4 Alice June 21, 2010 at 2:08 am

Thank you for sharing! Wow, I had no idea that things were so bad in the Netherlands that they actually proposed outlawing languages other than Dutch … Very sad! Happy to hear that your kids are doing so well now in all their languages, and that they are growing up in a supportive environment! Way to go! 😀


5 Romana June 10, 2010 at 2:58 pm

I like the theory of the Ecuadorian re-conquista ;).
Here in Stockholm, despite bigger than The Village, if you don’t have the Viking look, they still ask you: “Yeeah…but where do you really come from?”. I think they love to hear the nice story of an inmigrant fighting difficulties and coming to their country to succeed. My husband lives here since he was 3 years old and some people called him “that polish guy “, although he feels a complete stranger in Poland.
In my case I have a Spanish accent, Polish name, an Italian and now Swedish passport… so they are really confused.
As far as I know in the case of Canadians and Americans, you become one of them as soon as you get the citizenship. Perhaps because most of them come from some kind of inmigration, so they already got tired of asking about the family story to everyone.

Thanks for the post, I enjoyed a lot.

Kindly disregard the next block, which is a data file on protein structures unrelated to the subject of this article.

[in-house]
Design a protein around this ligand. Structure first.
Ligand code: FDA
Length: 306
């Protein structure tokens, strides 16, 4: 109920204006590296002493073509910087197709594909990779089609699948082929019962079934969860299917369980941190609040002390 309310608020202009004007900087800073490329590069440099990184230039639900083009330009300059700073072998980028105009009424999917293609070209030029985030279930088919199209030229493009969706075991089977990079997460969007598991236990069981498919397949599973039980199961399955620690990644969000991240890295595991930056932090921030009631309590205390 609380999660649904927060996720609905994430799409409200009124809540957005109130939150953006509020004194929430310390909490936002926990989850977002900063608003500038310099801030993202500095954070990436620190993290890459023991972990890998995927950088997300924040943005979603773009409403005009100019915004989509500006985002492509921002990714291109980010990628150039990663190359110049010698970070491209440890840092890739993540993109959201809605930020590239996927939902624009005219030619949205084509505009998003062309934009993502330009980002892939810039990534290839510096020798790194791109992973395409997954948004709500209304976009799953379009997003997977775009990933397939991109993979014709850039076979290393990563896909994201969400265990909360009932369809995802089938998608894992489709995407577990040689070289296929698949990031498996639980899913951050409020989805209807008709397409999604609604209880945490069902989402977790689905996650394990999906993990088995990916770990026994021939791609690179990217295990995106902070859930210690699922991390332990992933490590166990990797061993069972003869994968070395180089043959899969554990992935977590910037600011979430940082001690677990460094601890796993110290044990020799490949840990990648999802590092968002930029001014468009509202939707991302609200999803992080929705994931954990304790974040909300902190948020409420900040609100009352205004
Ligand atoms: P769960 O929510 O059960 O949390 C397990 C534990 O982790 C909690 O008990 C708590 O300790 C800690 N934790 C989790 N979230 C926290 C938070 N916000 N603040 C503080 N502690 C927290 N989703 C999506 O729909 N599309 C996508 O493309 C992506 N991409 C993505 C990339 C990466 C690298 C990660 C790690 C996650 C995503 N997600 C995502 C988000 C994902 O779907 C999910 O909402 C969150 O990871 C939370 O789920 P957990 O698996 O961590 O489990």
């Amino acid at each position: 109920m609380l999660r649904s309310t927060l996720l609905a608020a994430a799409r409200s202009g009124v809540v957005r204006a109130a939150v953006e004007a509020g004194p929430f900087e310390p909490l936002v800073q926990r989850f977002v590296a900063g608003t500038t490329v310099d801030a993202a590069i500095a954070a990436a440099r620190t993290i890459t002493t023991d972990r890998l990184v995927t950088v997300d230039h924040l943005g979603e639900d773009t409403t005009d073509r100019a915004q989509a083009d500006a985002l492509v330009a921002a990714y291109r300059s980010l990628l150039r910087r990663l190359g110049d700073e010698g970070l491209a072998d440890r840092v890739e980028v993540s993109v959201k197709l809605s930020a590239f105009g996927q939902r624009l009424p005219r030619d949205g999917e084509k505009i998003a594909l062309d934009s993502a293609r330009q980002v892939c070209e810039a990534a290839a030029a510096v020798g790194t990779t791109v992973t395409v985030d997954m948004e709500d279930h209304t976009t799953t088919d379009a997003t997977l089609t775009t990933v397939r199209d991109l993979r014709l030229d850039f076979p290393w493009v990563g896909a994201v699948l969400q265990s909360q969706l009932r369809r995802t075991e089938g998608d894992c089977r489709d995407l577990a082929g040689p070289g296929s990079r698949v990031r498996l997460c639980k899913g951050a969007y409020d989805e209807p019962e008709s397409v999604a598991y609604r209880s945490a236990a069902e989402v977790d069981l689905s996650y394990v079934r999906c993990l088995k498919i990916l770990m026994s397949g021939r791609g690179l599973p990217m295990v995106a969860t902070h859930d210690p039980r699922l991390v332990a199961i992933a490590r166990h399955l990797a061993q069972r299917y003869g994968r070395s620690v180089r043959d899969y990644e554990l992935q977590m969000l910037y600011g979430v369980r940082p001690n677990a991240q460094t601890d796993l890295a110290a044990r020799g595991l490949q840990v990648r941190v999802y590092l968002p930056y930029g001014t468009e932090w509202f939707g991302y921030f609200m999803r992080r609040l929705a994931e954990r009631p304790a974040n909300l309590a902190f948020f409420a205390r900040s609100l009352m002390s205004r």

6 Corey June 13, 2010 at 10:10 pm

I love your statement “the Viking look” – hah! It is interesting how many judgments we make by looks alone. Seems like a world-wide human phenomenon. What a fabulous mix you have with all those cultural connections! Wonderful!


7 Alice June 21, 2010 at 3:04 am

HI Romana, The Viking Look, LOL! I love it! Have you noticed that people comment on your kids’ looks as well? From what I’ve seen they DO have the Viking Look, or? 🙂 People simply cannot resist commenting on our kids on a daily basis. They keep trying to figure out whether they look more European, Latino or Asian. It causes me amusement to no end, though now and then it does tend to be a bit annoying … 🙂


8 Johanna June 21, 2010 at 10:03 am

Hi Everyone,
Really liked the article, Alice, probably since I experience the same every day here in Iceland, especially in the small village (910 people) I’ve lived in the last 8 years. It’s a tad better in the capital area, but we’re talking about a population of 320,000 individuals, completely monolingual (apart from A LOT of American/English TV), so the whole country almost qualifies as a village. There aren’t even any dialects to speak of.